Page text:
In a previous post, I talked about the “Hello World” example in the C# standard.  The C++ mention of the Hello World is brief and not really a code example, to demonstrate the Function and specifically the  parameter-declaration-clause from page 192 (page number at the bottom of the page, not the pdf defined page) or paragraph 8.3.5:

printf("hello world");

printf("a=%d b=%d", a, b);

But I wrote a little example below that works if you use the Visual Studio 2013 C++ Console Project:

#include <stdio.h>
#include "stdafx.h"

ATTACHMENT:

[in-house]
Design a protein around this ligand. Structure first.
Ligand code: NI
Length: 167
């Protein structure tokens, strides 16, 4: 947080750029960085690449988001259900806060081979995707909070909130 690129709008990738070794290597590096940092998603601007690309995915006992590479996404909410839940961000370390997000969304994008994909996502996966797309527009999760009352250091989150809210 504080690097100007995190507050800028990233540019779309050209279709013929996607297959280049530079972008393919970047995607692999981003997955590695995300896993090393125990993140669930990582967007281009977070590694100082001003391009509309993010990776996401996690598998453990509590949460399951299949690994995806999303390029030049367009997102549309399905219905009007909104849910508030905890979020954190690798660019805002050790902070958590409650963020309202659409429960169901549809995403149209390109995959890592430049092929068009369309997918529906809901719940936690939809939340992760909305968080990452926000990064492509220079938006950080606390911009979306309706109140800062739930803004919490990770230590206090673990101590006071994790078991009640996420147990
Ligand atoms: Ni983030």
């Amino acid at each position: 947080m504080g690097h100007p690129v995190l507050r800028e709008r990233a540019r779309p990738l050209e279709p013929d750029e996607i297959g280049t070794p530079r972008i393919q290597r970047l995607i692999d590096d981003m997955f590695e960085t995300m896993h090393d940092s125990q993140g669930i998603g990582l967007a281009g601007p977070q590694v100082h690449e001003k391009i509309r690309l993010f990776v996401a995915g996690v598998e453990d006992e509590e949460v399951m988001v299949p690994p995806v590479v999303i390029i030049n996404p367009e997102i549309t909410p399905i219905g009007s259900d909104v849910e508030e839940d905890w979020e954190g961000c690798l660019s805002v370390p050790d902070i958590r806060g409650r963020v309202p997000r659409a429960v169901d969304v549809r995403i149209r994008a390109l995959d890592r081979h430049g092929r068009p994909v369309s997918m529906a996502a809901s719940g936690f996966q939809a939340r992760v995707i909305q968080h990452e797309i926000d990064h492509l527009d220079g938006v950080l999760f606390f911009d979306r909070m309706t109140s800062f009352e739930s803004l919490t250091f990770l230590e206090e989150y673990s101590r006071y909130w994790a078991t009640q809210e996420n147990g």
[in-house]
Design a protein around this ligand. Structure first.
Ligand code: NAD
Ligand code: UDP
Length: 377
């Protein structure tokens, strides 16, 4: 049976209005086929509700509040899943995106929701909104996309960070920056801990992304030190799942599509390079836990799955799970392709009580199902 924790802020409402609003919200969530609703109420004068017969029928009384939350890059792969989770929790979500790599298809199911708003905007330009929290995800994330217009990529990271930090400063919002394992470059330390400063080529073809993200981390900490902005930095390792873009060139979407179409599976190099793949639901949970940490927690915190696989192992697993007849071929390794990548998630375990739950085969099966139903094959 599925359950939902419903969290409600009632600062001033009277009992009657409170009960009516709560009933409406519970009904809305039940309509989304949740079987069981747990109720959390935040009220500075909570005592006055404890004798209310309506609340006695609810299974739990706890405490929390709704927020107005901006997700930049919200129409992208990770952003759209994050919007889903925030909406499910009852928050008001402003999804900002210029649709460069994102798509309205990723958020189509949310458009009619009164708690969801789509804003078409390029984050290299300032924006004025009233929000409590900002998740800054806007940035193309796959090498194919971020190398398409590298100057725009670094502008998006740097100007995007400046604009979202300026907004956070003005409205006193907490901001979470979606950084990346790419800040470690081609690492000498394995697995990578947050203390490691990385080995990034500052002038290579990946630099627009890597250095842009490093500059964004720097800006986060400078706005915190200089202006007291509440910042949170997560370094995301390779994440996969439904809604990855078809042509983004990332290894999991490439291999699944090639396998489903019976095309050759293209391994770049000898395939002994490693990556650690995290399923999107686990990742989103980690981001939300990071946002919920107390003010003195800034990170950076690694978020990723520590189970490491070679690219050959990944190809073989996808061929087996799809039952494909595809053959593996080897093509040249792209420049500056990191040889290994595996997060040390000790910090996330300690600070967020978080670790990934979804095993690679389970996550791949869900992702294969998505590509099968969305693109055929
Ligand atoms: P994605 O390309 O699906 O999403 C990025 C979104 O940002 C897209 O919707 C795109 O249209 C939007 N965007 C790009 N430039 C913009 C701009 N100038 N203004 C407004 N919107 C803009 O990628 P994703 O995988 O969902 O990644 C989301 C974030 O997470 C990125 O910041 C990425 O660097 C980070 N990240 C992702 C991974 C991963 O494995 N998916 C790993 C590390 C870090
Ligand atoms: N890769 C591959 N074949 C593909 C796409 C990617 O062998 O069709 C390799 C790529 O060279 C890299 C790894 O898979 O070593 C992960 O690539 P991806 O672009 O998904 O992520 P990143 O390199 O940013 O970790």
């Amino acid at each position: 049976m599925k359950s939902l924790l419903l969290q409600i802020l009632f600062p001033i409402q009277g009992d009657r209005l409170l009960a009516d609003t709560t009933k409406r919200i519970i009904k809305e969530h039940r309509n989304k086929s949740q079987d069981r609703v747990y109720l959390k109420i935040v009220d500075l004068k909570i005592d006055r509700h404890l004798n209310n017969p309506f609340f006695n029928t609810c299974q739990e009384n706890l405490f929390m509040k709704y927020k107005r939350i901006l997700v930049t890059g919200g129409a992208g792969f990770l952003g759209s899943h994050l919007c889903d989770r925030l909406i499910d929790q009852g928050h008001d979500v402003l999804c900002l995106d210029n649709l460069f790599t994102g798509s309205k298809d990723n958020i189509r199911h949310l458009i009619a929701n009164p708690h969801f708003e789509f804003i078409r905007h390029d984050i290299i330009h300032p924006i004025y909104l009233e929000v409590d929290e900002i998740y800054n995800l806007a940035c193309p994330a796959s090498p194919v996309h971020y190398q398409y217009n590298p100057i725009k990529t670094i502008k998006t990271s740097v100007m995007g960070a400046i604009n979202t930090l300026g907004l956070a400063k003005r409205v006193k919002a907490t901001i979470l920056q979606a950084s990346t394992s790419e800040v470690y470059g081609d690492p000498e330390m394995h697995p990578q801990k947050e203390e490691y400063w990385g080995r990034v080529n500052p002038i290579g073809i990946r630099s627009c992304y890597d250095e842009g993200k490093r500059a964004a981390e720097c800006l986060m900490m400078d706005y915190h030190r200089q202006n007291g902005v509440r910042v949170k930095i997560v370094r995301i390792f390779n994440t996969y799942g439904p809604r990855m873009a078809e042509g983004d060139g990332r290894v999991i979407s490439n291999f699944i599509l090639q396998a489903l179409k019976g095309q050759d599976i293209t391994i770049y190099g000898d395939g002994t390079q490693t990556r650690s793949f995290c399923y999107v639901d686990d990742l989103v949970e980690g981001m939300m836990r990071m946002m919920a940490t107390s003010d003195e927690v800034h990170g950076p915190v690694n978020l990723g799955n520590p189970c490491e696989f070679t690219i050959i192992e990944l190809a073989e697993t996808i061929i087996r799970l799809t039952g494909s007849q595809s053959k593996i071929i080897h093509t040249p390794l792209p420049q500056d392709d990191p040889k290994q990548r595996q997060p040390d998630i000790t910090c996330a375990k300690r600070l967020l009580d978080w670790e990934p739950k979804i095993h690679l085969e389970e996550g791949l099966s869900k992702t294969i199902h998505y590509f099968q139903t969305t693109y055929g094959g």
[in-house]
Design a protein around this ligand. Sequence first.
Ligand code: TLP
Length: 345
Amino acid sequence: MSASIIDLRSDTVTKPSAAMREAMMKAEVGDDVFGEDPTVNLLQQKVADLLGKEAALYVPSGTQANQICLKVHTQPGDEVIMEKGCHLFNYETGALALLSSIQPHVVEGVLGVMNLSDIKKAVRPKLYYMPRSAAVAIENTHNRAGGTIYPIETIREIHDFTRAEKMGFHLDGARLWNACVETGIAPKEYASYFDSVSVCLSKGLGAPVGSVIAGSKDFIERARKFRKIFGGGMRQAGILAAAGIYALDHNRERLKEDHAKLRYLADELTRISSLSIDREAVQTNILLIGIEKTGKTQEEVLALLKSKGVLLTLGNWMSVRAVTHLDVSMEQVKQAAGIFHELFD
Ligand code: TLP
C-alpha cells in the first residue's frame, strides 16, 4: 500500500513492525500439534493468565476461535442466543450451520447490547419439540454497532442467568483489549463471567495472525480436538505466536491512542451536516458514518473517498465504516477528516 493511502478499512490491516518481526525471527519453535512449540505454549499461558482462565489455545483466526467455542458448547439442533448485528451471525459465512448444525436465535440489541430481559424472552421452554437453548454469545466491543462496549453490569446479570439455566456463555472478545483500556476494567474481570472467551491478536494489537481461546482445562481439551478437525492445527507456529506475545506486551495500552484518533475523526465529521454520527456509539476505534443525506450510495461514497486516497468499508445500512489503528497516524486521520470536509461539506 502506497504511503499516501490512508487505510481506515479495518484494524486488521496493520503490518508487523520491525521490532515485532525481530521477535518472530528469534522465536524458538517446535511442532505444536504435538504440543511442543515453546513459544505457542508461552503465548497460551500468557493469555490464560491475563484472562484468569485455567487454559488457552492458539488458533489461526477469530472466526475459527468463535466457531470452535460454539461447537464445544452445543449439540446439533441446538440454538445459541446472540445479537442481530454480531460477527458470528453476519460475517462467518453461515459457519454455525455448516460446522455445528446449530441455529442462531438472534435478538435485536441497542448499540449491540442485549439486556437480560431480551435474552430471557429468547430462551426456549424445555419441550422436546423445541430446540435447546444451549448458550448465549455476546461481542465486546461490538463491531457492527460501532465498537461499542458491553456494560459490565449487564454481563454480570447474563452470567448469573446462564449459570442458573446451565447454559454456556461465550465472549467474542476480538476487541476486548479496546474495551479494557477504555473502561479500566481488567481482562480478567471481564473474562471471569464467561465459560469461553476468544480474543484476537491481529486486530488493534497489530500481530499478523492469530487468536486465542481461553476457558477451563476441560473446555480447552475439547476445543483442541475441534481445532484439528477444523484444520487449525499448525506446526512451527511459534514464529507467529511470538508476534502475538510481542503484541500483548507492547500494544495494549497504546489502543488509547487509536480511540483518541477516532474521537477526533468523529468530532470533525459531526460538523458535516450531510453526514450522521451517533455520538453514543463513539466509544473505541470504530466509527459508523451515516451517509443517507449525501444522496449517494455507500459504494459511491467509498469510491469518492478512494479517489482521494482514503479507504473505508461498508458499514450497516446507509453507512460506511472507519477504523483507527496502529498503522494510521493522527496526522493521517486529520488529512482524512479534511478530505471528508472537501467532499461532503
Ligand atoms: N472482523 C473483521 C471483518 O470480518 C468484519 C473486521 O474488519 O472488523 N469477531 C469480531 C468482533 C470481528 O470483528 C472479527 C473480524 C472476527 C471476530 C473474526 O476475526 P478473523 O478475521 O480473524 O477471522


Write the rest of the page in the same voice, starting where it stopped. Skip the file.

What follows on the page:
int main()
{
    int a = 42, b=56;
    //int b = 56;
    printf("hello world \n");
    printf("a=%d b=%d \n", a, b);
    return 0;
}

I also checked the C ISO/IEC 9899:2011, but there is no “Hello World” example, but there is the “Eh?” example and I will discuss that in my next blog.

At this point you might be thinking has Surf4Fun lost his mind?  And the answer would be yes.   Frankly there wasn’t much to lose.

But the point is this: The C# specification is actually not a bad read, but neither are the other specifications like C++ or C or even FORTRAN.  If you work for a corporation or attend a school it is likely you can get a copy of the C++ and C specification through your company. 

Bear in mind that the C# spec is free whether you use the ECMA or ISO standard.  C++, C cost $150 or so, but usually most technology corporations or colleges have a subscription.